Image of two men kissingHomosexuality in Eighteenth-Century England: A Sourcebook compiled by Rictor Norton

"He loved a soldier as he loved his life"

The Trial of John Twyford
July 1745

John Twyford, of St. Clement Danes, was indicted for that he not having the fear of God, &c. upon one John Mullins, wickedly, unlawfully and feloniously did make an assault, and the detestable sin of buggery did commit and do, which is not fit to be named among Christians, against the form of the Statute, &c.

John Mullins. Some time in June I was going along near the Fleet Market, there was a press gang coming along, and the Gentleman at the bar stood looking at them: Said he, Brother soldier, they will not press any Irishmen; Yes I said, I believe they will press any thing; he said he loved a soldier as he loved his life, and that he was a sea officer, and asked where there was a pot of good beer, and desired me to go and drink with him. We went to Plough by the Fleet Market, and he would not let me pay any thing: he said he was going to the Talbot Inn in the Strand to a particular acquaintance of his, and desired I would go with him; after much persuasion I went; he asked me to lie there; I told him I must go home, but he pressed me to stay, and he agreed for a bed for one shilling; he persuaded me to go to bed; I was very uneasy, and pretty much in liquor, and growing sleepy, I went into bed, and when he thought I was asleep he began his tricks upon me; I am almost ashamed to tell — he put his —— into my fundament, and pushing so hard it awaked me. I asked him what he was at, and said he was not a Gentleman; then we began to quarrel, and I being stronger than him turned him off, and then fell o' beating of him, and we were both carried to the watch-house. In the morning he said, Brother soldier, you had better make this up: he said he had not much money about him, but he would give me half a crown, and he told me I must say that I was in liquor, and did not know what I said.

Q[uestion]. Did you say before the Justice that you was in liquor?

Mullins. Yes.

Q. And did you say to the Justice that the complaint you had made to the constable was false?

Mullins. No; I said it was not all true.

Q. Did not you declare of your own accord that you was sorry for what you had done, and that you was drunk?

Mullins. No, I did not, I said I was in liquor.

Robert Duck. I lay in the next room; Mullins refused to go to bed, but at the persuasion of the Prisoner he did go to bed: when they had been in bed about a quarter of an hour, Mullins cried out very loud, What are you for?, and made a great oath, and said, You are in my fundament, and then they fell o' fighting: then my master and mistress and five or six Gentlemen who were drinking in the house came up.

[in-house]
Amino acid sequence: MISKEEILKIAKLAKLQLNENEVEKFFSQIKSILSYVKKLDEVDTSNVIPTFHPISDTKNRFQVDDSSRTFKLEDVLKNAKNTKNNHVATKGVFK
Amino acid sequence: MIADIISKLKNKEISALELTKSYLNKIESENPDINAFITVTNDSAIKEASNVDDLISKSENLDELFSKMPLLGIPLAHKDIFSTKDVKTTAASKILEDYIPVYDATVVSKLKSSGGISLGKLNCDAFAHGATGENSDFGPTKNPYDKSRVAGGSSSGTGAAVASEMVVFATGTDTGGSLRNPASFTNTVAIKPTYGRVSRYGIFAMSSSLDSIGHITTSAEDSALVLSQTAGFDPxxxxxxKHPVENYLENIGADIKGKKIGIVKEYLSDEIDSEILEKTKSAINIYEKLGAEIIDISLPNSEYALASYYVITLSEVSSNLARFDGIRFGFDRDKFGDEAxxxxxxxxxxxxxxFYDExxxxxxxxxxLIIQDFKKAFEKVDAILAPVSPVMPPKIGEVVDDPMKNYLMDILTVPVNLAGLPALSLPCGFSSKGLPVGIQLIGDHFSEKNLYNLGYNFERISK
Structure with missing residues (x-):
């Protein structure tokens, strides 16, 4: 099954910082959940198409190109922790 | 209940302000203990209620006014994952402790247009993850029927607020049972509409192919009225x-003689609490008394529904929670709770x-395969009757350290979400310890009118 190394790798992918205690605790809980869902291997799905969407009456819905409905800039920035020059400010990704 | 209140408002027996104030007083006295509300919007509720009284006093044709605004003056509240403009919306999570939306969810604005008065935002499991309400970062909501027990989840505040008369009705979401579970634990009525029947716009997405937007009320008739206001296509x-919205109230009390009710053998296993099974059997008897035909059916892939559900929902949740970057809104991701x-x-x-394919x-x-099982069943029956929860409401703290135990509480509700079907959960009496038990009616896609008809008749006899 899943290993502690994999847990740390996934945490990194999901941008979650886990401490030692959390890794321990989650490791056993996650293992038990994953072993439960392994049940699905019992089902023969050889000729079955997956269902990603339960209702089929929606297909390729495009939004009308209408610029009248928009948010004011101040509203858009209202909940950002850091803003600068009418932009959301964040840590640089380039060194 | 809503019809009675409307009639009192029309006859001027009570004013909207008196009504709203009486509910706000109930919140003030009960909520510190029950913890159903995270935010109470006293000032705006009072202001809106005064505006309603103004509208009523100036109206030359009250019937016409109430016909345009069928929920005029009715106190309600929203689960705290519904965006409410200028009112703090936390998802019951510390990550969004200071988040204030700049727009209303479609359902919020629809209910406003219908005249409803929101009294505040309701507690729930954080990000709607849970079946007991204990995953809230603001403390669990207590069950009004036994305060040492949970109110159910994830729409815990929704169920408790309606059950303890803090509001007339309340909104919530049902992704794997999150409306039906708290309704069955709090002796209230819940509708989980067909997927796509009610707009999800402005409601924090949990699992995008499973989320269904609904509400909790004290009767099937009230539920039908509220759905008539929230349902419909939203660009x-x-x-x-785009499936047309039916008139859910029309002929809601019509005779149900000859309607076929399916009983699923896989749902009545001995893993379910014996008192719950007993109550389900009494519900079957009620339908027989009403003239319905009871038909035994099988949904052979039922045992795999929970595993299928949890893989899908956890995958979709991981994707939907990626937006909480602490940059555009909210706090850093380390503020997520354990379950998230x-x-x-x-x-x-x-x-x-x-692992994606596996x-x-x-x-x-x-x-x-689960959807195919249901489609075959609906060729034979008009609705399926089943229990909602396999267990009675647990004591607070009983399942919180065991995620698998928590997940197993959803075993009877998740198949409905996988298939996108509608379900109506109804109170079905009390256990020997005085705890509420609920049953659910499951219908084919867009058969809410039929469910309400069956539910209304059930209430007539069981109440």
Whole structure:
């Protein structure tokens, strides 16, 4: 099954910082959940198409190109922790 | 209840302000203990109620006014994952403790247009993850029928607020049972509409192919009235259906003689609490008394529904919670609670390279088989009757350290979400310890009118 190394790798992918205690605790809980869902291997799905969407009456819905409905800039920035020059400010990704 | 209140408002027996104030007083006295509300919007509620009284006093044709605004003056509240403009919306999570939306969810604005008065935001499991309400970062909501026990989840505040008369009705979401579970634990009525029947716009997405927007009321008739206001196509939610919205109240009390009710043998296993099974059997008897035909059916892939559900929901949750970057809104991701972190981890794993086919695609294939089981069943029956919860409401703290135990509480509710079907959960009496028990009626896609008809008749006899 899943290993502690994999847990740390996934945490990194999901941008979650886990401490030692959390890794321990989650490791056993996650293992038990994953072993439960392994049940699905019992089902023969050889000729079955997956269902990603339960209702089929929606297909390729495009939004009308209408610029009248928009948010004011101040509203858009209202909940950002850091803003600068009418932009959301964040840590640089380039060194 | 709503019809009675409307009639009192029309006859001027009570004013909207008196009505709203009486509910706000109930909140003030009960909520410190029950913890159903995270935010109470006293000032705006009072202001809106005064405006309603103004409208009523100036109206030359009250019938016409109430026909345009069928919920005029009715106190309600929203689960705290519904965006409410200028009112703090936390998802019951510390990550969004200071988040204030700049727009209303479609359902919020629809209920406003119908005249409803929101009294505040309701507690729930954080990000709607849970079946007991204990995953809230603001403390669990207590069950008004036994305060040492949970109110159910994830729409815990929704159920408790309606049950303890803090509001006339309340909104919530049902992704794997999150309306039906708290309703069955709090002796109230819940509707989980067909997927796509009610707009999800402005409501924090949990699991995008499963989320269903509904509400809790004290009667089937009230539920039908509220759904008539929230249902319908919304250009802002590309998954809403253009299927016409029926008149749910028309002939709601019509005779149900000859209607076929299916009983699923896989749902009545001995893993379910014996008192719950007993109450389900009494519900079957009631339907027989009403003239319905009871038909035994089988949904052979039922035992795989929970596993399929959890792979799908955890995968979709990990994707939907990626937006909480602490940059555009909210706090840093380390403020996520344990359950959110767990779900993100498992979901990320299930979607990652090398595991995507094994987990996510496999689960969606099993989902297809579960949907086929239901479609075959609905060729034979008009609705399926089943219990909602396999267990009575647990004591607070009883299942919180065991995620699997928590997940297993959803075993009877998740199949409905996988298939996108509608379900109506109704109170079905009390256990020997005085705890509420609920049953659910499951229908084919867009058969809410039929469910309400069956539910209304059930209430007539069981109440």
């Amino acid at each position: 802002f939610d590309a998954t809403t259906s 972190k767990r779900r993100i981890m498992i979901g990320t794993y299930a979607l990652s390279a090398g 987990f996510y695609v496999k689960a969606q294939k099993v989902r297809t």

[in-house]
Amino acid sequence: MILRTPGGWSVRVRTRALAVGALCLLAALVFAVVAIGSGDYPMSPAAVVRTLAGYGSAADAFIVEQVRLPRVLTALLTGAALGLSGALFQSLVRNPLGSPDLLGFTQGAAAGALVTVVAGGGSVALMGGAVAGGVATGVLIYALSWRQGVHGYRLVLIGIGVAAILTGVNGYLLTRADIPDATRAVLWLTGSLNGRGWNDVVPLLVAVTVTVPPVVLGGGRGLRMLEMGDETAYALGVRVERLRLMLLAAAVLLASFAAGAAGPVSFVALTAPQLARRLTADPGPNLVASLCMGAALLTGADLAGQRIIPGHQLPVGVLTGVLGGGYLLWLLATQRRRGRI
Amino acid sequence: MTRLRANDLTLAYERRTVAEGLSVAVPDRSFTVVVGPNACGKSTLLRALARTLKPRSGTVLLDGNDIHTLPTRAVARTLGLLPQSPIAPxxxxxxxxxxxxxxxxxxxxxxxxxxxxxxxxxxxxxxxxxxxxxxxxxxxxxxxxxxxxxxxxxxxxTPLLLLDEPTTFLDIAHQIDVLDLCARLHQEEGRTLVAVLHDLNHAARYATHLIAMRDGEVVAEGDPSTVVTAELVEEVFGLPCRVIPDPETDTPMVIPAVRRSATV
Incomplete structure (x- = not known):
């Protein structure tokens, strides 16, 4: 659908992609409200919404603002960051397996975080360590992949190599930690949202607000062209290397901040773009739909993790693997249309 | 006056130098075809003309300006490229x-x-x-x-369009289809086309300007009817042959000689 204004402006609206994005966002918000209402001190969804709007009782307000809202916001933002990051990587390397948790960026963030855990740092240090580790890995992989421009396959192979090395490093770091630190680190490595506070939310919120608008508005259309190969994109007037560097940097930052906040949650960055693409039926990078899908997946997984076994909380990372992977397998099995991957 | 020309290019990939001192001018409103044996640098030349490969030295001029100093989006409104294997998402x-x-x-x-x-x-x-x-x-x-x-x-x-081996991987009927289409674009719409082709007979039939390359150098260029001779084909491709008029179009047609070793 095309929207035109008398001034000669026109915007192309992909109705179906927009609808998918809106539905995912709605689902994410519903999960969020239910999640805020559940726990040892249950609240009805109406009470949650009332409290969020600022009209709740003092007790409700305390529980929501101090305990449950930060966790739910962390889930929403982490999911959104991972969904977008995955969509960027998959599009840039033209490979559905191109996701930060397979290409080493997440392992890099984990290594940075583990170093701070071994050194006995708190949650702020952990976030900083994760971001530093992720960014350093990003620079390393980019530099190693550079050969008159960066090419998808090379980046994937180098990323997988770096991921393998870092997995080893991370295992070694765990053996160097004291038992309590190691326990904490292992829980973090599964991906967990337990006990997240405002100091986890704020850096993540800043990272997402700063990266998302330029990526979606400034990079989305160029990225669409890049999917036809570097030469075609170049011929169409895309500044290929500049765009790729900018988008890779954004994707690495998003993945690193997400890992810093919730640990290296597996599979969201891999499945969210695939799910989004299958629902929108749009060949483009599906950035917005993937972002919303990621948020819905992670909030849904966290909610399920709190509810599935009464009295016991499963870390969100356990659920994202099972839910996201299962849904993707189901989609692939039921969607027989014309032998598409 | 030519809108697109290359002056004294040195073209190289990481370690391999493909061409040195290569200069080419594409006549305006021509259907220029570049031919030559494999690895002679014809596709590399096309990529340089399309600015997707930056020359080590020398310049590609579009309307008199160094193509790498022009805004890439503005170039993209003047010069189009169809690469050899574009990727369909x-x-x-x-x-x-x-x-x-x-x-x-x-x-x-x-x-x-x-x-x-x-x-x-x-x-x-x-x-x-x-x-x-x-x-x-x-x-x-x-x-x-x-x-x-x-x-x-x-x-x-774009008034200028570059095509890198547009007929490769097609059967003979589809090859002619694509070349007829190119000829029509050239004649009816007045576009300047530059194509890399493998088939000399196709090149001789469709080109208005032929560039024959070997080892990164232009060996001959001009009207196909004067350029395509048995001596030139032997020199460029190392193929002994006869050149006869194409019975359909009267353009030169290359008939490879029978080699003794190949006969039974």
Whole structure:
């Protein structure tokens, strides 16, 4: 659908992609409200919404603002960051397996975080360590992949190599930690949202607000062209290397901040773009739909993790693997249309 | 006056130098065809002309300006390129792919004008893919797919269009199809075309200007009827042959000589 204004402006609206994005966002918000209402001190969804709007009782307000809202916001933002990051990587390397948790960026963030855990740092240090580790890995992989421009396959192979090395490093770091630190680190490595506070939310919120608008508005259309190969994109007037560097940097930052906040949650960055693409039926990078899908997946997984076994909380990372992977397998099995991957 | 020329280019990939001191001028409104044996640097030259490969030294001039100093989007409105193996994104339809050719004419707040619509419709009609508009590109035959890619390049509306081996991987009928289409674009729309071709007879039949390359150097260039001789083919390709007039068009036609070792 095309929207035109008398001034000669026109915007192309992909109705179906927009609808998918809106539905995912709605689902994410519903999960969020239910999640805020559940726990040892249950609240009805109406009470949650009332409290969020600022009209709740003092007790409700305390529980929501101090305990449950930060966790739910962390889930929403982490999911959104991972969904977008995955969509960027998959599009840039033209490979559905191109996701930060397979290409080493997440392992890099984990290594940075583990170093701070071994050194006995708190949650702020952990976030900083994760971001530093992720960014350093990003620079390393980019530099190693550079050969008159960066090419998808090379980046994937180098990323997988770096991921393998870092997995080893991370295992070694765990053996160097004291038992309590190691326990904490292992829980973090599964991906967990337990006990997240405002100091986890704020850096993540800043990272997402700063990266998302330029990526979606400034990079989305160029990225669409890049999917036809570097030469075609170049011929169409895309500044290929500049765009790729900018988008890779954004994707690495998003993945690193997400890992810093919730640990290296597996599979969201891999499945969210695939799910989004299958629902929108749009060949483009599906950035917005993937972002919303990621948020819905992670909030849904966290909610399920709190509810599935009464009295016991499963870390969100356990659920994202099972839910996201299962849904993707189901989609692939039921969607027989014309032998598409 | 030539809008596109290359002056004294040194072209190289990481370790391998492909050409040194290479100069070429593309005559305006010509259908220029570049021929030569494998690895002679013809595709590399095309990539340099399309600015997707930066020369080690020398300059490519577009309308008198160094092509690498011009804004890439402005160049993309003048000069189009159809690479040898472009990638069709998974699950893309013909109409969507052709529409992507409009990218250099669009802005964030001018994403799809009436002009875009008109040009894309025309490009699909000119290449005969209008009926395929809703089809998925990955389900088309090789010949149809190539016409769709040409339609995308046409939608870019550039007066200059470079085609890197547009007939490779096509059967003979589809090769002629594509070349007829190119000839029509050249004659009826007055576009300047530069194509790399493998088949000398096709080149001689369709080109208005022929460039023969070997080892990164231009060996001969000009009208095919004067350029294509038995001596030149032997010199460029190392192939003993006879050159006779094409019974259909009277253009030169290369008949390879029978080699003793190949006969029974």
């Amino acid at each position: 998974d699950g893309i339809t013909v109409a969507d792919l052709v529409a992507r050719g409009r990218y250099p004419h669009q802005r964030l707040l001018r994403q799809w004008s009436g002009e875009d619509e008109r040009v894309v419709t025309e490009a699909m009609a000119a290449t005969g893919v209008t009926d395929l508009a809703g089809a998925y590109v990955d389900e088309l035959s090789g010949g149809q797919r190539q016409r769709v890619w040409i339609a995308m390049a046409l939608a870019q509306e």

Q. When they came into the room, did he complain to them of what the Prisoner had done?

Duck. Yes; very much.

Q. Were not they fighting before?

Duck. No — the prisoner was very much beat, Mullins was beating him upon the bed when the company went into the room.

Q. Were they drunk or sober?

Duck. The prosecutor was the drunkest of the two.

Oliver Pen. I don't know the prisoner, I should know the soldier if I was to see him — that is he. They paid me for their lodging, that's all I know of the matter.

Q. Was there any complaint made when you went up?

Pen. Yes: the soldier said the prisoner wanted to do so and so to him, and so they fell o' fighting.

Q. What was the occasion of their quarrelling?

Pen. Because the prisoner wanted to be concerned with him.

Q. Who did he say that to?

Pen. To all the whole room for what I know. I asked the soldier, and said, As you are a man of maturity, how could such a thing be acted to you, (for you are not a boy) without you was as willing as the other? And then he said he had not entered his body; then said I, You assaulted one another, and must leave it to the Court; then I found they were both forsworn, for they must both of them be willing alike, or else there could not be any such thing done.

In order to convict a person upon an indictment for sodomy, the act of parliament requires that the emission should be proved as well as the penetration, so the Jury acquitted the prisoner; and he gave bail for his appearance next sessions at the Old Bailey, in order to take his trial for an assault with an intent to commit sodomy.

SOURCE: The Proceedings on the King's Commissions of the Peace, Oyer and Terminer, and Gaol Delivery for the City of London; And also the Gaol Delivery for the County of Middlesex, held at Justice-Hall in the Old-Bailey, on Wednesday the 10th, and Thursday the 11th of July, [1745], London: Printed, and sold by M. Cooper, at the Globe in Pater-noster Row, 1745, pp. 186-7.


The trial for sodomy (which was a capital offence punishable by death) collapsed due to the technical requirements in the law, and perhaps also because the Jury was very reticent to send men to the gallows for such acts. But no further trial for the misdemeanour of "attempted sodomy" took place. Twyford may have just skipped bail and disappeared, though if he were an Officer that may be unlikely. Probably Twyford offered more money to Mullins and persuaded him to abandon the prosecution.

Rictor Norton

CITATION: If you cite this Web page, please use the following citation:
Rictor Norton (Ed.), "The Trial of John Twyford, 1745," Homosexuality in Eighteenth-Century England: A Sourcebook. 26 January 2001 <>.

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